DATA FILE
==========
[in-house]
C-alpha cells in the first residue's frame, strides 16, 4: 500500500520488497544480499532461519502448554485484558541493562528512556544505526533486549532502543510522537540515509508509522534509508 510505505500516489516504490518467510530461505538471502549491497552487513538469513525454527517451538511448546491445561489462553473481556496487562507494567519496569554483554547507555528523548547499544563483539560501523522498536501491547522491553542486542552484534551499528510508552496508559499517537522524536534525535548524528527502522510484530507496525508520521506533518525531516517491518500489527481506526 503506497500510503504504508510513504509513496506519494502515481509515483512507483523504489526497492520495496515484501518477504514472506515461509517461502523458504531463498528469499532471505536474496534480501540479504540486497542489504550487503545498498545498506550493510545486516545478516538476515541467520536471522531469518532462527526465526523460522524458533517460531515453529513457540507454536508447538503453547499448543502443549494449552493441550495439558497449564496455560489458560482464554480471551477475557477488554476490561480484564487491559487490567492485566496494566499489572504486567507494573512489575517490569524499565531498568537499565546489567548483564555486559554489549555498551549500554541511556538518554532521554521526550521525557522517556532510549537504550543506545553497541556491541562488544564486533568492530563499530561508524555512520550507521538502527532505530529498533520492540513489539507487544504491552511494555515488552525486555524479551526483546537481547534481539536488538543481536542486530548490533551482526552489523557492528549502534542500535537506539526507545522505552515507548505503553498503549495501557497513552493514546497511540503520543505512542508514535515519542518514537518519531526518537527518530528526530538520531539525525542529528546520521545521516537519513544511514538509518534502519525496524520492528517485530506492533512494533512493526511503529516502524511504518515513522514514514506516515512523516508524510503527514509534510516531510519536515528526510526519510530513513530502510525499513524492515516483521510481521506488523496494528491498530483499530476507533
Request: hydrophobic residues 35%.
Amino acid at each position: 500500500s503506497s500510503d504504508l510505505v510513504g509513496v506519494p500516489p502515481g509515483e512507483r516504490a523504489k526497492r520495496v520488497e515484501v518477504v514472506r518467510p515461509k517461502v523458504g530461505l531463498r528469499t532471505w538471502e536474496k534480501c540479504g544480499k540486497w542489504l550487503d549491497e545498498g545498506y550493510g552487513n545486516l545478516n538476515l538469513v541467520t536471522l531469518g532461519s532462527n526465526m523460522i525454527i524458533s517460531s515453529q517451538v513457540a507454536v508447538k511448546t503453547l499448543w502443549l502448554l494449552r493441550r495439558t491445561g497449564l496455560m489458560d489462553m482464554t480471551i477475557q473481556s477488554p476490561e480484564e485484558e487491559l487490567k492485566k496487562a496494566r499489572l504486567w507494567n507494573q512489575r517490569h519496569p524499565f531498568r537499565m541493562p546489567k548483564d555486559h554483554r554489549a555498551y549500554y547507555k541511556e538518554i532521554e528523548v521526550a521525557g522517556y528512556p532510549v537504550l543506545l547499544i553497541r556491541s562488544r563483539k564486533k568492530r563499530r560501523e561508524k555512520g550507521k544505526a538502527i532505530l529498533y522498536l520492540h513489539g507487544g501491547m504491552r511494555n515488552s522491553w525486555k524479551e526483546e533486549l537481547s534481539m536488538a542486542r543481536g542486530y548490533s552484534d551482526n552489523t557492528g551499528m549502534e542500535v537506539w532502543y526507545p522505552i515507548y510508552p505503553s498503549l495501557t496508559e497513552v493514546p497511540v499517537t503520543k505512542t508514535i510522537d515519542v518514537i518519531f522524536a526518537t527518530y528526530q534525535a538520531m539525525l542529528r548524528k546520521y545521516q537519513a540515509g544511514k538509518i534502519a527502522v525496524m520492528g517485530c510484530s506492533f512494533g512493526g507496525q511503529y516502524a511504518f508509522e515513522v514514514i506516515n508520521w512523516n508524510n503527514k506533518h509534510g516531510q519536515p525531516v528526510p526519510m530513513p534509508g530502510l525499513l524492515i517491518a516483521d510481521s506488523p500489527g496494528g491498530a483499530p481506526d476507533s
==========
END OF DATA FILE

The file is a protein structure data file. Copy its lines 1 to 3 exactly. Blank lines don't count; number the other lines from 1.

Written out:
[in-house]
C-alpha cells in the first residue's frame, strides 16, 4: 500500500520488497544480499532461519502448554485484558541493562528512556544505526533486549532502543510522537540515509508509522534509508 510505505500516489516504490518467510530461505538471502549491497552487513538469513525454527517451538511448546491445561489462553473481556496487562507494567519496569554483554547507555528523548547499544563483539560501523522498536501491547522491553542486542552484534551499528510508552496508559499517537522524536534525535548524528527502522510484530507496525508520521506533518525531516517491518500489527481506526 503506497500510503504504508510513504509513496506519494502515481509515483512507483523504489526497492520495496515484501518477504514472506515461509517461502523458504531463498528469499532471505536474496534480501540479504540486497542489504550487503545498498545498506550493510545486516545478516538476515541467520536471522531469518532462527526465526523460522524458533517460531515453529513457540507454536508447538503453547499448543502443549494449552493441550495439558497449564496455560489458560482464554480471551477475557477488554476490561480484564487491559487490567492485566496494566499489572504486567507494573512489575517490569524499565531498568537499565546489567548483564555486559554489549555498551549500554541511556538518554532521554521526550521525557522517556532510549537504550543506545553497541556491541562488544564486533568492530563499530561508524555512520550507521538502527532505530529498533520492540513489539507487544504491552511494555515488552525486555524479551526483546537481547534481539536488538543481536542486530548490533551482526552489523557492528549502534542500535537506539526507545522505552515507548505503553498503549495501557497513552493514546497511540503520543505512542508514535515519542518514537518519531526518537527518530528526530538520531539525525542529528546520521545521516537519513544511514538509518534502519525496524520492528517485530506492533512494533512493526511503529516502524511504518515513522514514514506516515512523516508524510503527514509534510516531510519536515528526510526519510530513513530502510525499513524492515516483521510481521506488523496494528491498530483499530476507533
Request: hydrophobic residues 35%.